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Strategic Environmental Assessment – EPA funded 2nd review

The second review of Strategic Environmental Assessment (SEA) effectiveness in Ireland is currently being carried out by an EPA-funded project entitled: Follow-on Review of Effectiveness of SEA in Ireland’ by Dr Ainhoa González Del Campo (University College Dublin).

The project aims to evaluate the on-going progress made in implementing Strategic Environmental Assessment (SEA) in Ireland since the first review published in 2012, and to identify areas or gaps where further improvements are required. The findings will be used to update the SEA Action Plan as well as to inform the European Commission’s regulatory fitness and performance (REFIT) of the SEA Directive.

The project has progressed significantly since its inception on 31st March 2018. The methodology has been defined, including the selection of plan/programme SEAs covering a range of sectors and planning hierarchies that conform the case studies to be reviewed. Consultation with key stakeholders through an international online survey and targeted interviews has also been initiated.

Strategic Environmental Assessment (SEA) is the process by which environmental considerations are required to be fully integrated into the preparation of plans and programmes prior to their final adoption. The objectives of SEA are to provide for a high level of protection of the environment and to promote sustainable development.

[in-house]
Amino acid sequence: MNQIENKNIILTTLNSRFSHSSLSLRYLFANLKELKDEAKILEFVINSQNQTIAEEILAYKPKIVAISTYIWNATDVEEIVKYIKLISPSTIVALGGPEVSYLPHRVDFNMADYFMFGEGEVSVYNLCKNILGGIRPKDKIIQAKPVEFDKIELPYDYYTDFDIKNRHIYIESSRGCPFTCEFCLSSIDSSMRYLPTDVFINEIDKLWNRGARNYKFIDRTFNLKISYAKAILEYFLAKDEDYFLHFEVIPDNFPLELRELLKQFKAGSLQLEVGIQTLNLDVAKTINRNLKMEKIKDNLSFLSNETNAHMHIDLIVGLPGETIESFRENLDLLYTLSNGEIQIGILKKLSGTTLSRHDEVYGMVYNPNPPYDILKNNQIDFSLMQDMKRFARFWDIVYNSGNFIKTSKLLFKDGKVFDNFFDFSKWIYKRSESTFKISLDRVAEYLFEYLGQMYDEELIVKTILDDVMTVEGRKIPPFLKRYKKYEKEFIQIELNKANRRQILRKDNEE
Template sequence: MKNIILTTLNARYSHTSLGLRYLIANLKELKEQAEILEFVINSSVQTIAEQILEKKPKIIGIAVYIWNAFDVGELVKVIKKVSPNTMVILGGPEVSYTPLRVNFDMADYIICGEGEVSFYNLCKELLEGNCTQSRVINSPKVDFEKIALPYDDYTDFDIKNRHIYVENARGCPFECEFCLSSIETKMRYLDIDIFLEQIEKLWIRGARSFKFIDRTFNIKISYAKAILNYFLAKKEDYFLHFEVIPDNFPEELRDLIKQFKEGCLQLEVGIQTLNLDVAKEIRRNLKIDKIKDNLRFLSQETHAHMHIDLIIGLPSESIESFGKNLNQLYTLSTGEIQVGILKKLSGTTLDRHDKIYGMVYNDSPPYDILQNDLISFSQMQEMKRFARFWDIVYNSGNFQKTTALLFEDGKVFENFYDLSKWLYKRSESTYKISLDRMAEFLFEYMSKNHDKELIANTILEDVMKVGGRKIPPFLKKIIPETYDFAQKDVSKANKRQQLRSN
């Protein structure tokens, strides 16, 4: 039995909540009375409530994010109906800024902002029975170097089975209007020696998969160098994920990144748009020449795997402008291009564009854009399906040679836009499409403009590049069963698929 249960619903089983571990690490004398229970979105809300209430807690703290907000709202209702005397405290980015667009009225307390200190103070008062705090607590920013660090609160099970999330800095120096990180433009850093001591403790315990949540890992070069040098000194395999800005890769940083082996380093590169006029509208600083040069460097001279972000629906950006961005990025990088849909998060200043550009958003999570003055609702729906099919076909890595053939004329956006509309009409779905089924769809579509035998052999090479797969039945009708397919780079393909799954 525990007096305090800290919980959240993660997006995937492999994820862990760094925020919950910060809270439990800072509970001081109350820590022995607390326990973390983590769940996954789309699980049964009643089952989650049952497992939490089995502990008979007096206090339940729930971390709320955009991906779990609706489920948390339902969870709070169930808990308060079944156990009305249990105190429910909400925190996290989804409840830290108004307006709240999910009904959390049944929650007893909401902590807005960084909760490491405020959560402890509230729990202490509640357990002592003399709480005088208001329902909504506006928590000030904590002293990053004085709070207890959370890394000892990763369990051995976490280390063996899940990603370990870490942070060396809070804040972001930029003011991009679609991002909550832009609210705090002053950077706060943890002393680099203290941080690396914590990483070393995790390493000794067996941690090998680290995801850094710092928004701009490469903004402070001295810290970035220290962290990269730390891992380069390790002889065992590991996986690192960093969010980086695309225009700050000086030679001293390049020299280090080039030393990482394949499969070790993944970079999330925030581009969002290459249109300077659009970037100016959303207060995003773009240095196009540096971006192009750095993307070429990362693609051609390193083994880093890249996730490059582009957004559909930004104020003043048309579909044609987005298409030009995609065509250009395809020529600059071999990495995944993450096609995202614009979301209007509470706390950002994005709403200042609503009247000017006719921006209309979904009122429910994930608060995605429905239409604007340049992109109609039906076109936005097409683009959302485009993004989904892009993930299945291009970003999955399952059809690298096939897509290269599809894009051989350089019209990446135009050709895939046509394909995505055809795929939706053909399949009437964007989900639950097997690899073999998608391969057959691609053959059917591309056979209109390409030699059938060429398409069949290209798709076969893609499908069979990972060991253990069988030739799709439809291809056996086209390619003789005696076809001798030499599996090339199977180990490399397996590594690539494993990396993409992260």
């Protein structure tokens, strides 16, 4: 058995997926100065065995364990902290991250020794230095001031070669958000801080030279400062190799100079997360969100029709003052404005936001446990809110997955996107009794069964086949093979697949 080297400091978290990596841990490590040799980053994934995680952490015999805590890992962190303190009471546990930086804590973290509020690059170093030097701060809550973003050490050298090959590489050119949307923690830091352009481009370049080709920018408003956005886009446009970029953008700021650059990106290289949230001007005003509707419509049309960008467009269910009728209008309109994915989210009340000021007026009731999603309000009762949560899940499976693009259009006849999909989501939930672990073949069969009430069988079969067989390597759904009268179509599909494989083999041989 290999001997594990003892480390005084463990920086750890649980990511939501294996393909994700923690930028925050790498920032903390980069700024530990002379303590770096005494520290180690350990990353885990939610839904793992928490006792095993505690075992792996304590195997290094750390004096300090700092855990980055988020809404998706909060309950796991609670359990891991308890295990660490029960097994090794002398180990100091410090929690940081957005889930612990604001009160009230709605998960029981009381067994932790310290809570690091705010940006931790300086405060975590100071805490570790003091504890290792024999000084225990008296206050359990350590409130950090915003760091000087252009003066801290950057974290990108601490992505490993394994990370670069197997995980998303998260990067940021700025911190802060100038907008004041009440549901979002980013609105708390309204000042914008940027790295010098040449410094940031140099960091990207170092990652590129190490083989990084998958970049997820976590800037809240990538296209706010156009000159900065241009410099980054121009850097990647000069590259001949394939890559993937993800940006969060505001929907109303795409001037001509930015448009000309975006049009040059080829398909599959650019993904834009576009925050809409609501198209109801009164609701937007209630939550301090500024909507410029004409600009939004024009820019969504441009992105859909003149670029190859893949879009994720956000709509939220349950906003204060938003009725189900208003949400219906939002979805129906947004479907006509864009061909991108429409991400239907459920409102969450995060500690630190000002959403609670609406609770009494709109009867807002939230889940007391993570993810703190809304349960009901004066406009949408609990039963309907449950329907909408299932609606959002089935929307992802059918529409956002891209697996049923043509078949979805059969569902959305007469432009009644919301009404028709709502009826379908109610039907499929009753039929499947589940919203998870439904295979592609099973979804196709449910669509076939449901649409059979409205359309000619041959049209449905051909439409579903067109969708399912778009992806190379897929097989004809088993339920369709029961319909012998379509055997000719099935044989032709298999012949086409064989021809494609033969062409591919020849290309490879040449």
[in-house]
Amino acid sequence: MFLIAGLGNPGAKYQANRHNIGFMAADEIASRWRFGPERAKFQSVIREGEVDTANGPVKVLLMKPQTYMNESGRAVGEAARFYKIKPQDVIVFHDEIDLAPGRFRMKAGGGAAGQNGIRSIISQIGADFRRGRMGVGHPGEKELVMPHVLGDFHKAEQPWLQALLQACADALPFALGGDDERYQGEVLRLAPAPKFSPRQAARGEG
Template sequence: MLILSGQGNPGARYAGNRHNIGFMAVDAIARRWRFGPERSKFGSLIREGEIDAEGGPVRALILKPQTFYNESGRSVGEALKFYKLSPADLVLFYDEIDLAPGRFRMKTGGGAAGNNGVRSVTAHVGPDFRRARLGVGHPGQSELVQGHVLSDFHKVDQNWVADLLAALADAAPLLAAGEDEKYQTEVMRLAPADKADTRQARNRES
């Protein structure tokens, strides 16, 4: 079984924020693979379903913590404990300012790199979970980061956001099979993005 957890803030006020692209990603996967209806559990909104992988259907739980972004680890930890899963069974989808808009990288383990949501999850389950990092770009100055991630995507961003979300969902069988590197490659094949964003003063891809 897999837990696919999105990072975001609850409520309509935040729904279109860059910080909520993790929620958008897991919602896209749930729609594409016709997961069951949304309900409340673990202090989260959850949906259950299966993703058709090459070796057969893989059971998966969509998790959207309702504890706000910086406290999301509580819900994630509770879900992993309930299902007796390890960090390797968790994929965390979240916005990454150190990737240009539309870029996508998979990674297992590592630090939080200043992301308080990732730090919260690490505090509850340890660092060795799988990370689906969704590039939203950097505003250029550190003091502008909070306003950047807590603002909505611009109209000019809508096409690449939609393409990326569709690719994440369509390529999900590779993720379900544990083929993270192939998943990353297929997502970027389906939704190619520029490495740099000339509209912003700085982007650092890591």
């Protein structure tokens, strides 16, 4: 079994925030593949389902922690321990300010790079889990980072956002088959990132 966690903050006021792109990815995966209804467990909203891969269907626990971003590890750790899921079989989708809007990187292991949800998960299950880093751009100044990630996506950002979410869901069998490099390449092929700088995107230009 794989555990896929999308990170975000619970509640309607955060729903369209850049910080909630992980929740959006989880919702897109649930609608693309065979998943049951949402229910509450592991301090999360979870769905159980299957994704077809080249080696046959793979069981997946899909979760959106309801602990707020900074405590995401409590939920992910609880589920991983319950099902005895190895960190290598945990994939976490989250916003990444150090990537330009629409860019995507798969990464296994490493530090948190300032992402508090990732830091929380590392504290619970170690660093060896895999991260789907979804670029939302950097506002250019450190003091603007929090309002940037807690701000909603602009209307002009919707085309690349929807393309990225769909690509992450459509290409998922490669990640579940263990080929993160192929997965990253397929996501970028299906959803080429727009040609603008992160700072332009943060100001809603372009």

Environmental impact assessment (EIA) is used to identify the environmental and social impacts of a proposed project prior to decision-making in order to predict environmental impacts at an early stage in project planning and design, while strategic environmental assessment (SEA) is used at the policy, planning and programming levels.

Requirements of the SEA Directive

The SEA Directive – Directive 2001/42/EC on the assessment of the effects of certain plans and programmes on the environment – requires that an environmental assessment is carried out of certain plans and programmes which are likely to have significant effects on the environment.

An SEA is mandatory for plans/programmes which are:

  • are prepared for agriculture, forestry, fisheries, energy, industry, transport, waste/ water management, telecommunications, tourism, town & country planning or land use and which set the framework for future development consent of projects listed in the EIA Directive.


  • have been determined to require an assessment under the Habitats Directive.

Broadly speaking, for the plans/programmes not included above, the Member States have to carry out a screening procedure to determine whether the plans/programmes are likely to have significant environmental effects. If there are significant effects, an SEA is needed.

SEA Procedure

  • An environmental report is prepared in which the likely significant effects on the environment and the reasonable alternatives of the proposed plan or programme are identified.
  • The public and the environmental authorities are informed and consulted on the draft plan or programme and the environmental report prepared.
  • The environmental report and the results of the consultations are taken into account before adoption.